Telecommunications is about transferring information from one location to another. This includes many forms of information: telephone conversations, television signals, computer files, and other types of data. To transfer the information, you need a channel between the two locations. This may be a wire pair, radio signal, optical fiber, etc. Telecommunications companies receive payment for transferring their customer's information, while they must pay to establish and maintain the channel. The financial bottom line is simple: the more information they can pass through a single channel, the more money they make. DSP has revolutionized the telecommunications industry in many areas: signaling tone generation and detection, frequency band shifting, filtering to remove power line hum, etc. Three specific examples from the telephone network will be discussed here: multiplexing, compression, and echo control.
There are approximately one billion telephones in the world. At the press of a few buttons, switching networks allow any one of these to be connected to any other in only a few seconds. The immensity of this task is mind boggling! Until the 1960s, a connection between two telephones required passing the analog voice signals through mechanical switches and amplifiers. One connection required one pair of wires. In comparison, DSP converts audio signals into a stream of serial digital data. Since bits can be easily intertwined and later separated, many telephone conversations can be transmitted on a single channel. For example, a telephone standard known as the T-carrier system can simultaneously transmit 24 voice signals. Each voice signal is sampled 8000 times per second using an 8 bit companded (logarithmic compressed) analog-to-digital conversion. This results in each voice signal being represented as 64,000 bits/sec, and all 24 channels being contained in 1.544 megabits/sec. This signal can be transmitted about 6000 feet using ordinary telephone lines of 22 gauge copper wire, a typical interconnection distance. The financial advantage of digital transmission is enormous. Wire and analog switches are expensive; digital logic gates are cheap.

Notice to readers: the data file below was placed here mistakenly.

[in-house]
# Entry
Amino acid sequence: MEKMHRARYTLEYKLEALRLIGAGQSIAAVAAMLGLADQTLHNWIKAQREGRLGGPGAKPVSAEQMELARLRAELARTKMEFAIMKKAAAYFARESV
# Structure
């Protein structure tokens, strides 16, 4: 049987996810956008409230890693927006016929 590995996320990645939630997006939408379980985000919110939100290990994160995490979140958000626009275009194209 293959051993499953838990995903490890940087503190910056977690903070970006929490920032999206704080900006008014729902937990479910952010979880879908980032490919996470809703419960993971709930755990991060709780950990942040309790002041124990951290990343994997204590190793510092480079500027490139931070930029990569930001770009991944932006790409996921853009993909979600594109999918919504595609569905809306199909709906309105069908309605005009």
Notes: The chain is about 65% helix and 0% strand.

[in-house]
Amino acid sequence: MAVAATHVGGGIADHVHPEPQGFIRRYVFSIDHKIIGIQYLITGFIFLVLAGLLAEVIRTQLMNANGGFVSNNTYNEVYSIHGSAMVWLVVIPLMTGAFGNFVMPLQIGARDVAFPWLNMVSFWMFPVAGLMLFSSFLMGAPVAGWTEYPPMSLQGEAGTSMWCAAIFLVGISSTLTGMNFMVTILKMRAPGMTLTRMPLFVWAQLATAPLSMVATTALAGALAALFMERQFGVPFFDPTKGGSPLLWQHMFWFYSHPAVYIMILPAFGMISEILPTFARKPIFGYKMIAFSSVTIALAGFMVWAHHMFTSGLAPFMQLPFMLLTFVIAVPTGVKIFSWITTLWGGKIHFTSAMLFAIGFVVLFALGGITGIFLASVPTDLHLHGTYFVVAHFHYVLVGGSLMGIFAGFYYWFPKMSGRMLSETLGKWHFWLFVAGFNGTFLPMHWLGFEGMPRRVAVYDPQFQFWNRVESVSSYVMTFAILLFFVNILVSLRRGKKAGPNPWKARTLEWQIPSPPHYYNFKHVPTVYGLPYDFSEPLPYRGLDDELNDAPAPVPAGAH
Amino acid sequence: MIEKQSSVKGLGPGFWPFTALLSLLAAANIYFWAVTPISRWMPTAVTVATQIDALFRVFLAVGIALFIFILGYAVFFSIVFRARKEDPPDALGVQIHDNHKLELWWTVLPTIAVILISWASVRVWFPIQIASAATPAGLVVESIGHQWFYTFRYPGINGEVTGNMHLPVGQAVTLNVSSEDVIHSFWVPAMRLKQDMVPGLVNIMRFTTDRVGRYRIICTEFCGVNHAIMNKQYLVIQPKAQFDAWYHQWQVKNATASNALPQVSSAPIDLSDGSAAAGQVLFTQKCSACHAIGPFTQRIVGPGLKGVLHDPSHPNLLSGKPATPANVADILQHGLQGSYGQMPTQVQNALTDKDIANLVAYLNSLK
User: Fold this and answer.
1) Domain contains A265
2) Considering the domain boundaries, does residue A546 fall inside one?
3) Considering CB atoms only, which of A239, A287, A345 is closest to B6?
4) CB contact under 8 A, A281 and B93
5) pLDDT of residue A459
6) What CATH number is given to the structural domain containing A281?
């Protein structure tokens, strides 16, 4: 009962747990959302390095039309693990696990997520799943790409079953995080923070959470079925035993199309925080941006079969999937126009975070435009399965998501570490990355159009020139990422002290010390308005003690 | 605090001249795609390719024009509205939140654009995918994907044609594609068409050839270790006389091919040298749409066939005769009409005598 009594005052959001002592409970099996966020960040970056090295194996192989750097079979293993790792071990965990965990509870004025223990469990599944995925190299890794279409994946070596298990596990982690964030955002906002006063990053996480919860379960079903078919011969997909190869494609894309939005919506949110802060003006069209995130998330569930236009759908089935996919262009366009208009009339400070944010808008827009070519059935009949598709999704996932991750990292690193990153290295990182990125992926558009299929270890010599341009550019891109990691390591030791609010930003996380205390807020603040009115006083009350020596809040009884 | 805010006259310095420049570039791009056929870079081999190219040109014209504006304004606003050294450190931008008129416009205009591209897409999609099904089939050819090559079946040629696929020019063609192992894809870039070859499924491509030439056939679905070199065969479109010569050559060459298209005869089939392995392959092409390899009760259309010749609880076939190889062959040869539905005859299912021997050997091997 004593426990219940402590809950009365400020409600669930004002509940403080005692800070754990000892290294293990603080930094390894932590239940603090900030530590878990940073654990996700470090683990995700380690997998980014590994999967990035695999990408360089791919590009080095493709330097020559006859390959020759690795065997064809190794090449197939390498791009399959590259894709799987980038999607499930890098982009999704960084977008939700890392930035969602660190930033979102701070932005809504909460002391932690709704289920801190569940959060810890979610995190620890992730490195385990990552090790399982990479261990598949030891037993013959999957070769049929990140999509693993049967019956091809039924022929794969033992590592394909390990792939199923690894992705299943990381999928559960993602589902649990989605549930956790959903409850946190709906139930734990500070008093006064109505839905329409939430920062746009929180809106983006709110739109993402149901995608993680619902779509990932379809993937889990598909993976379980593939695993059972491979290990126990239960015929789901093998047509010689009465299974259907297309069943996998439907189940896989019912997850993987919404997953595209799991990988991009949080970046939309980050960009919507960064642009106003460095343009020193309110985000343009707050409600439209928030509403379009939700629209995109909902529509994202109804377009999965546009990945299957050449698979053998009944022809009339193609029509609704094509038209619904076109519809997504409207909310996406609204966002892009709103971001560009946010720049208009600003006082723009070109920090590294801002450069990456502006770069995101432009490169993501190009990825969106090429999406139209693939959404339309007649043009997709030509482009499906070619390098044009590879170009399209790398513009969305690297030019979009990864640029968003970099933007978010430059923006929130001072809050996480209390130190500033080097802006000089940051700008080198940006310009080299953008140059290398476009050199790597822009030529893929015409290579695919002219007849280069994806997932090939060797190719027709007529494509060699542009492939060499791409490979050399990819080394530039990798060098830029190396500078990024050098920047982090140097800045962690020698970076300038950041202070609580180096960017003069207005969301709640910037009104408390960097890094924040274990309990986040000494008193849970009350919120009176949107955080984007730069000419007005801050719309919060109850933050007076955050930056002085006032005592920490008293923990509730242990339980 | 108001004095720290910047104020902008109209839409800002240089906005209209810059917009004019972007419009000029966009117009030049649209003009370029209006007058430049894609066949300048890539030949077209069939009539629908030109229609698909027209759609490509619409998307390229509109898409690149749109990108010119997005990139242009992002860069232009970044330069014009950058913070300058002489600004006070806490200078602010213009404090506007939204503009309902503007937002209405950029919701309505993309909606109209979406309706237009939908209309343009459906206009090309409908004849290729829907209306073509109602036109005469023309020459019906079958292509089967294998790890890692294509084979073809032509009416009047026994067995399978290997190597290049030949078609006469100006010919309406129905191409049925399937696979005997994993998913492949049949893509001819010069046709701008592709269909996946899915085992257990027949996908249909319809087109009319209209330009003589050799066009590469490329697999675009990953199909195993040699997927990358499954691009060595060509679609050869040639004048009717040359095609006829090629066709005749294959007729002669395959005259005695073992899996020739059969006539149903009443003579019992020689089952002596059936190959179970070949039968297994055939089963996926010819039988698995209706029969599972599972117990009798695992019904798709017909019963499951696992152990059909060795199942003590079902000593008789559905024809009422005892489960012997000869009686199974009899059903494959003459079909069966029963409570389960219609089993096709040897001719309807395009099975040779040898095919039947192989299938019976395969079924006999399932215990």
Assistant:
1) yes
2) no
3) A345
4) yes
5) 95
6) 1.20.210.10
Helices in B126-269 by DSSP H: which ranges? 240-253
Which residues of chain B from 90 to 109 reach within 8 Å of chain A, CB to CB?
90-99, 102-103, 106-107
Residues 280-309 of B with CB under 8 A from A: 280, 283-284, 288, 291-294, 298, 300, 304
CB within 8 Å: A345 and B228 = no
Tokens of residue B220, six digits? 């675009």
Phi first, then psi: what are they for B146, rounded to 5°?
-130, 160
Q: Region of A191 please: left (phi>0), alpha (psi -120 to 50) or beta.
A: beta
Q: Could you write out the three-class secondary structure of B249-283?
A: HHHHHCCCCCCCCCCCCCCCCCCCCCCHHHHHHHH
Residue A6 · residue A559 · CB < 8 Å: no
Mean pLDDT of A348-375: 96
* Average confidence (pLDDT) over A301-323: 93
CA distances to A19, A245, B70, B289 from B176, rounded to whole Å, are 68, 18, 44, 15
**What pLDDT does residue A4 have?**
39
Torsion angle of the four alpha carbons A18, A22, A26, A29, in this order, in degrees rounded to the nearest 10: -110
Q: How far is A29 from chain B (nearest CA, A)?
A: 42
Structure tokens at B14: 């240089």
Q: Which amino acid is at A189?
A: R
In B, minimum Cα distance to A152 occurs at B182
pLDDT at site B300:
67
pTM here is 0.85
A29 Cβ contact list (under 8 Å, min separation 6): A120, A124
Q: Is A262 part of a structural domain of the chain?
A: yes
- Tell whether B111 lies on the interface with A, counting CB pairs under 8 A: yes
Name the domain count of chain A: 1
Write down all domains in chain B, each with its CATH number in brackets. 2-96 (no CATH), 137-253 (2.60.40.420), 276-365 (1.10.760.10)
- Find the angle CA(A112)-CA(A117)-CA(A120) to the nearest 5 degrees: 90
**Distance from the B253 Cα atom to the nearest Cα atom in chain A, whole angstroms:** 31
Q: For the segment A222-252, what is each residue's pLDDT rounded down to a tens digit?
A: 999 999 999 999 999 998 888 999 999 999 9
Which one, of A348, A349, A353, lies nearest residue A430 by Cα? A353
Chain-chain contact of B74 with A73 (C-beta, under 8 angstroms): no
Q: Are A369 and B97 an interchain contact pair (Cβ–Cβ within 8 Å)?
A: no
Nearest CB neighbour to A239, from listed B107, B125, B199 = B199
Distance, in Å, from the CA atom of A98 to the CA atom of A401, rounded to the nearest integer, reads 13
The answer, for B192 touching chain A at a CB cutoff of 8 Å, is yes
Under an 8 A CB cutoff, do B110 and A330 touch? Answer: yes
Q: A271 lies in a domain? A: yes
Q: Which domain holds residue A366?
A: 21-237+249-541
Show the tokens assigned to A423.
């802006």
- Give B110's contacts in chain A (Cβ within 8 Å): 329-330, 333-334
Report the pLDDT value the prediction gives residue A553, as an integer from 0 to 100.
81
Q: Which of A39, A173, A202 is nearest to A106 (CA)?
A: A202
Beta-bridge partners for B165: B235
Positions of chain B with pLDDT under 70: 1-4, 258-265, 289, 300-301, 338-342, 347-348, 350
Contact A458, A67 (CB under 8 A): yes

When a voice signal is digitized at 8000 samples/sec, most of the digital information is redundant. That is, the information carried by any one sample is largely duplicated by the neighboring samples. Dozens of DSP algorithms have been developed to convert digitized voice signals into data streams that require fewer bits/sec. These are called data compression algorithms. Matching uncompression algorithms are used to restore the signal to its original form. These algorithms vary in the amount of compression achieved and the resulting sound quality. In general, reducing the data rate from 64 kilobits/sec to 32 kilobits/sec results in no loss of sound quality. When compressed to a data rate of 8 kilobits/sec, the sound is noticeably affected, but still usable for long distance telephone networks. The highest achievable compression is about 2 kilobits/sec, resulting in sound that is highly distorted, but usable for some applications such as military and undersea communications.
Echoes are a serious problem in long distance telephone connections. When you speak into a telephone, a signal representing your voice travels to the connecting receiver, where a portion of it returns as an echo. If the connection is within a few hundred miles, the elapsed time for receiving the echo is only a few milliseconds. The human ear is accustomed to hearing echoes with these small time delays, and the connection sounds quite normal. As the distance becomes larger, the echo becomes increasingly noticeable and irritating. The delay can be several hundred milliseconds for intercontinental communications, and is particularity objectionable. Digital Signal Processing attacks this type of problem by measuring the returned signal and generating an appropriate antisignal to cancel the offending echo. This same technique allows speakerphone users to hear and speak at the same time without fighting audio feedback (squealing). It can also be used to reduce environmental noise by canceling it with digitally generated antinoise.